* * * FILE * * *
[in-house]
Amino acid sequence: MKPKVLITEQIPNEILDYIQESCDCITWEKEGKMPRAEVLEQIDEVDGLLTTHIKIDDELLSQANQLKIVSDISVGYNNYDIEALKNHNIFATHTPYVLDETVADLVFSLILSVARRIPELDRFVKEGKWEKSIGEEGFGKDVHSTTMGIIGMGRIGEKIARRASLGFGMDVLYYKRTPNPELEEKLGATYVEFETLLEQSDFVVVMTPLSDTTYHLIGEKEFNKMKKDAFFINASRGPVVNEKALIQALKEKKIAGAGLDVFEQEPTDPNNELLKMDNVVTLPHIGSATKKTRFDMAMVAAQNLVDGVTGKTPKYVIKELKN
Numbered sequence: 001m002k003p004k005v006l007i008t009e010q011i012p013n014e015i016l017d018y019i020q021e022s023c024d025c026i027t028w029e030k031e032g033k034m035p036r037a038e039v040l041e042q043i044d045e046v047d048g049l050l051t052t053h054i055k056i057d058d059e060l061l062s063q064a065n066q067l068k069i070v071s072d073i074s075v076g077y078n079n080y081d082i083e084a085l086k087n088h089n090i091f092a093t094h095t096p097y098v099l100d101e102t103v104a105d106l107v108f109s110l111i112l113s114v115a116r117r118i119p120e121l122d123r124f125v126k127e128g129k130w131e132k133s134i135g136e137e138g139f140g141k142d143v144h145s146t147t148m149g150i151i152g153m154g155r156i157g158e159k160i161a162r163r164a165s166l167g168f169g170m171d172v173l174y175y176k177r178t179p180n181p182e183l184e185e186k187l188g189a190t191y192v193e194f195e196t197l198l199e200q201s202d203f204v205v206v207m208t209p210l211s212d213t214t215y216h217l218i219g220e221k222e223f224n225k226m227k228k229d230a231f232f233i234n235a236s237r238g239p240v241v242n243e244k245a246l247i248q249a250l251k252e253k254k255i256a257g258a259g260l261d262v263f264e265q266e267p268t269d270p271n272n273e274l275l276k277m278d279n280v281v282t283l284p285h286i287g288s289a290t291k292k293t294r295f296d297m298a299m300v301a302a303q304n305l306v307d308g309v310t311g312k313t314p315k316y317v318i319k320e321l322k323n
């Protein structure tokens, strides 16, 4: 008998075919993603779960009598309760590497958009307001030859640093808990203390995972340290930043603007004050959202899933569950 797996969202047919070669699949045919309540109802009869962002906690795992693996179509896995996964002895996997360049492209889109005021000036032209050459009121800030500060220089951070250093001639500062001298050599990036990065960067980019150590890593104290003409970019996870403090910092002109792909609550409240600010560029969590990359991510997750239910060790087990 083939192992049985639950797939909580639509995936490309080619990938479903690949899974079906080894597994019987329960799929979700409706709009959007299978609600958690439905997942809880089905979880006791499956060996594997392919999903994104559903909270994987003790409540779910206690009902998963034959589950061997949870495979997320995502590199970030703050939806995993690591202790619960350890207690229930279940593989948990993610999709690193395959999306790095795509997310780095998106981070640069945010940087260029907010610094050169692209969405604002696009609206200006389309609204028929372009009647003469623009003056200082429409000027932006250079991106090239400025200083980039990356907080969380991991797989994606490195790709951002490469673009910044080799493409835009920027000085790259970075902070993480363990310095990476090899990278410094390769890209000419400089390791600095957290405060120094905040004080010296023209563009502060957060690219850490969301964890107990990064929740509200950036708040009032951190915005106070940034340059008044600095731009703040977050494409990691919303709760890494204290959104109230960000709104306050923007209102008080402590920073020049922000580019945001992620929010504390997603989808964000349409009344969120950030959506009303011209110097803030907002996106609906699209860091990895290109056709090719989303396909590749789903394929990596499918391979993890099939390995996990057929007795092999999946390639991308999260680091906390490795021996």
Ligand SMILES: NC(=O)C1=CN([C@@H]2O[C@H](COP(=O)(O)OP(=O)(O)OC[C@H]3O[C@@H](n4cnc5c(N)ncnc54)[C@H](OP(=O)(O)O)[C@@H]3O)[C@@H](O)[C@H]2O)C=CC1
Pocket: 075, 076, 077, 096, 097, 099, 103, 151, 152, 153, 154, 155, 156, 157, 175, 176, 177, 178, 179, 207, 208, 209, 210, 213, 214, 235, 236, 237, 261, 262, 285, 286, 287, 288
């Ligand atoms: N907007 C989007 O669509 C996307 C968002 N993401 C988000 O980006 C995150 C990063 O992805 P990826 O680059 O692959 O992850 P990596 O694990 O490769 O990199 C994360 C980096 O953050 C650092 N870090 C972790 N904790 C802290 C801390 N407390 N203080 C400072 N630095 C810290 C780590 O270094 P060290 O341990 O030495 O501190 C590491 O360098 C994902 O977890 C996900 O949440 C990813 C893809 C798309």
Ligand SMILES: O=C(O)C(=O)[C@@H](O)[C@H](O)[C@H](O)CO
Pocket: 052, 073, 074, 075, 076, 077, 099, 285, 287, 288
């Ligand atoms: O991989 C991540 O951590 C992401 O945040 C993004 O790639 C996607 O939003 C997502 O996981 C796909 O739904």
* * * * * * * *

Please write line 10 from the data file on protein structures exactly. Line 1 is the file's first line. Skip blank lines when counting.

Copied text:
């Ligand atoms: O991989 C991540 O951590 C992401 O945040 C993004 O790639 C996607 O939003 C997502 O996981 C796909 O739904």